Then the earth shook and trembled; the foundations also of the hills moved and were shaken, because he was wroth. There went up a smoke out of his nostrils, and fire out of his mouth devoured: coals were kindled by it. He bowed the heavens also, and came down: and darkness was under his feet. And he rode upon a cherub, and did fly: yea, he did fly upon the wings of the wind. He made darkness his secret place; his pavilion round about him were dark waters and thick clouds of the skies. At the brightness that was before him his thick clouds passed, hail stones and coals of fire. The LORD also thundered in the heavens, and the Highest gave his voice; hail stones and coals of fire. Yea, he sent out his arrows, and scattered them; and he shot out lightnings, and discomfited them. Then the channels of waters were seen, and the foundations of the world were discovered at thy rebuke, O LORD, at the blast of the breath of thy nostrils. He sent from above, he took me, he drew me out of many waters.   He delivered me from my strong enemy, and from them which hated me: for they were too strong for me. They prevented me in the day of my calamity: but the LORD was my stay. He brought me forth also into a large place; he delivered me, because he delighted in me.

What is the hiding place of God? Where will He hide His people in the time of trouble? In His pavilion and the secret of His tabernacle. And where is that? Verse 11 again: He made darkness his secret place; his pavilion round about him were dark waters and thick clouds of the skies. God’s pavilion is dark waters and thick clouds, and His secret place is the darkness. And this is where He will hide us – in the darkness with Him. Have you found Him yet? It is in the dark experiences of our lives, that God comes to visit us in mercy. He hides us in those horrible experiences, and those horrible experiences themselves, are God’s hiding place as He comes to impart rich blessings.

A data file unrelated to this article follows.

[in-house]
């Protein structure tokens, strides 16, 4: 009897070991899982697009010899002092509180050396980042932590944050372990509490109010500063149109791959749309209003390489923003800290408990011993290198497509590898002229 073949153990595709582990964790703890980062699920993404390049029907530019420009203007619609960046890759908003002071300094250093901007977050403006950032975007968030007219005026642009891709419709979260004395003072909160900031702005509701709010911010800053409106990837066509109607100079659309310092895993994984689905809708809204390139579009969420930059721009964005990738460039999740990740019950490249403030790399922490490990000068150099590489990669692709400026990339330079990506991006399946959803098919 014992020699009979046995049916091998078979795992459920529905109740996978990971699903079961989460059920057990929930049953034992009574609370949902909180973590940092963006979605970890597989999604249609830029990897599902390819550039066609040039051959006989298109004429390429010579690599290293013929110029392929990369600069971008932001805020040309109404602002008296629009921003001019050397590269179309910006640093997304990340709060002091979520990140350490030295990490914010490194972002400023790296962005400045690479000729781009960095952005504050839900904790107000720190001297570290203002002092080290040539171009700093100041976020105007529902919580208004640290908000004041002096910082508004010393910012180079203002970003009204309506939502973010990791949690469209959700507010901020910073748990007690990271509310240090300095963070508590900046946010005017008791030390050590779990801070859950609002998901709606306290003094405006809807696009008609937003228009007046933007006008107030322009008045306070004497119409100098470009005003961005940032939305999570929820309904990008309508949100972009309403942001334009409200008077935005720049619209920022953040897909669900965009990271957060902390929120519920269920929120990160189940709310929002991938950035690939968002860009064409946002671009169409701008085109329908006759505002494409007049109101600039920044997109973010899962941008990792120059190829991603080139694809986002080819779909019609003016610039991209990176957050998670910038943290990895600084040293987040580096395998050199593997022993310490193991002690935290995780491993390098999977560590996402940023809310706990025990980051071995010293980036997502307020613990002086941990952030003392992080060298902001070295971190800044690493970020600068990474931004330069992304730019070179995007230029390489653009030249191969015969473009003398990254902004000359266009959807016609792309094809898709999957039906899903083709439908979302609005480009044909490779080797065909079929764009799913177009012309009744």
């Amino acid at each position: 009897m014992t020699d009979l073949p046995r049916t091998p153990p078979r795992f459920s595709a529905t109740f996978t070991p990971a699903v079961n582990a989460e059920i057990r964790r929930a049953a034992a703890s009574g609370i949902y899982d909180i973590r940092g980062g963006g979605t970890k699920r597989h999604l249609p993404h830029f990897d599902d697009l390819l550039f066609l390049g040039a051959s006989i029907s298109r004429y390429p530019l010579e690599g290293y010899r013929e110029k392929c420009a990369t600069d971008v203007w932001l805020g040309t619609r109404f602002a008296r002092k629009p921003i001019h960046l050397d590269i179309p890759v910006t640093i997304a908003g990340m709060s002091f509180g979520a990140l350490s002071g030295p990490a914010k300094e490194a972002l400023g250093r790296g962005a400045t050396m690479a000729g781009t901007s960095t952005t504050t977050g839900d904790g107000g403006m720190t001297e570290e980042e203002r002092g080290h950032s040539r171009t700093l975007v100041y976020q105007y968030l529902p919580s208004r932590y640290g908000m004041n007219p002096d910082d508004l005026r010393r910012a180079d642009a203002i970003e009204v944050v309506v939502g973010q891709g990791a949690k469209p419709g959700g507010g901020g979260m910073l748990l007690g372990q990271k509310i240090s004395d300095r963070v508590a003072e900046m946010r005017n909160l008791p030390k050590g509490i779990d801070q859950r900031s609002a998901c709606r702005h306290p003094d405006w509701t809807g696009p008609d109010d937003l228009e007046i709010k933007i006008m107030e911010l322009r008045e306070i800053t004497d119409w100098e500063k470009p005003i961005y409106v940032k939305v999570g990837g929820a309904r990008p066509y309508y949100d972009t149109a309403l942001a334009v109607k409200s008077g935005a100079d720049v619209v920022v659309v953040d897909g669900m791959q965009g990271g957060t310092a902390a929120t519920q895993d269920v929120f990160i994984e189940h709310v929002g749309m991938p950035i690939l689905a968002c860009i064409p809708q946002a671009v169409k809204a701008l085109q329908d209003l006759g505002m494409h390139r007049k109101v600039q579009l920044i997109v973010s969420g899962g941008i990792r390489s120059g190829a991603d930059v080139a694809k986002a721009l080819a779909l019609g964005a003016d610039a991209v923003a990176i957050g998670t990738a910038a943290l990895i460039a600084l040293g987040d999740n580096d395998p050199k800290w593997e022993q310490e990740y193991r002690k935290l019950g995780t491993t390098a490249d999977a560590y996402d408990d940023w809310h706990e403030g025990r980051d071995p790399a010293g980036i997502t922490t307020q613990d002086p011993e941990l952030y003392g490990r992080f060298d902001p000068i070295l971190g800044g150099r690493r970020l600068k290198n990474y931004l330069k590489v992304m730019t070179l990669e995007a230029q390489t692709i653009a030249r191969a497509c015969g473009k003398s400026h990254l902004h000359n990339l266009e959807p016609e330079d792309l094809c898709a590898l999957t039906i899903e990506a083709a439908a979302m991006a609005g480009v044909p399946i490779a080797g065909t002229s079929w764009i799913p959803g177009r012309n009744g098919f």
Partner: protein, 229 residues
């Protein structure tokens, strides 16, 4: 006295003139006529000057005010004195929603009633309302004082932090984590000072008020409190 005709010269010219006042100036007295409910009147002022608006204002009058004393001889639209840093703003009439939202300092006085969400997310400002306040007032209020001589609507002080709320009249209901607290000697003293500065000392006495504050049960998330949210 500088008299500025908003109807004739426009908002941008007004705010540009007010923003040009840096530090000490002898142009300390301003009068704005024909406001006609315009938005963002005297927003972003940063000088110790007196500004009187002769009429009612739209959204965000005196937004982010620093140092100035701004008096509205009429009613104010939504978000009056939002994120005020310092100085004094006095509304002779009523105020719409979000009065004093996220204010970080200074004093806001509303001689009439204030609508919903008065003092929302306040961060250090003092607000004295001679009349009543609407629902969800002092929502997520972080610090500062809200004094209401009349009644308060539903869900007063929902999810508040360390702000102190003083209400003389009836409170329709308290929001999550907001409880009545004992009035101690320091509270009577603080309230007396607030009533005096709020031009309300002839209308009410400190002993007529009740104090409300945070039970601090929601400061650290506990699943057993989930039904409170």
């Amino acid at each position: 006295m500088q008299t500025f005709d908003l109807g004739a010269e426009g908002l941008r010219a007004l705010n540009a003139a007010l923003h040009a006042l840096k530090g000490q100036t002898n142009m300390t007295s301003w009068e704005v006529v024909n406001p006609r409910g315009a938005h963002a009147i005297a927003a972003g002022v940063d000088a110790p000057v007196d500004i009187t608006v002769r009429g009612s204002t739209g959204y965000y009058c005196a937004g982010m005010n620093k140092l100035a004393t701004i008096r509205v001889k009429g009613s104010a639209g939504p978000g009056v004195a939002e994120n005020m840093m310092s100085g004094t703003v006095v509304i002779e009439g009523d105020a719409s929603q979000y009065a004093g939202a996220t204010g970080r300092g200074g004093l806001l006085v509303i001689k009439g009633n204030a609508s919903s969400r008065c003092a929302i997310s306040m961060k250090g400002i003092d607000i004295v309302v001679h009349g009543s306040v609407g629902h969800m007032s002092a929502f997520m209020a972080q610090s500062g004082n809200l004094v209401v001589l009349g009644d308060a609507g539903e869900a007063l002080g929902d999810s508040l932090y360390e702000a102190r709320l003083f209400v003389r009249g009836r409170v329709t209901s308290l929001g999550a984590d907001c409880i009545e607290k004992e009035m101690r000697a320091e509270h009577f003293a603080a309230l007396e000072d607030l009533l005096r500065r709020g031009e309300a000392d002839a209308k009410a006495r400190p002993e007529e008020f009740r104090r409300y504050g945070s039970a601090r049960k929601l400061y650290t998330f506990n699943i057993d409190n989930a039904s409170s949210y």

Oh how great is thy goodness, which thou hast laid up for them that fear thee; which thou hast wrought for them that trust in thee before the sons of men! Thou shalt hide them in the secret of thy presence from the pride of man: thou shalt keep them secretly in a pavilion from the strife of tongues.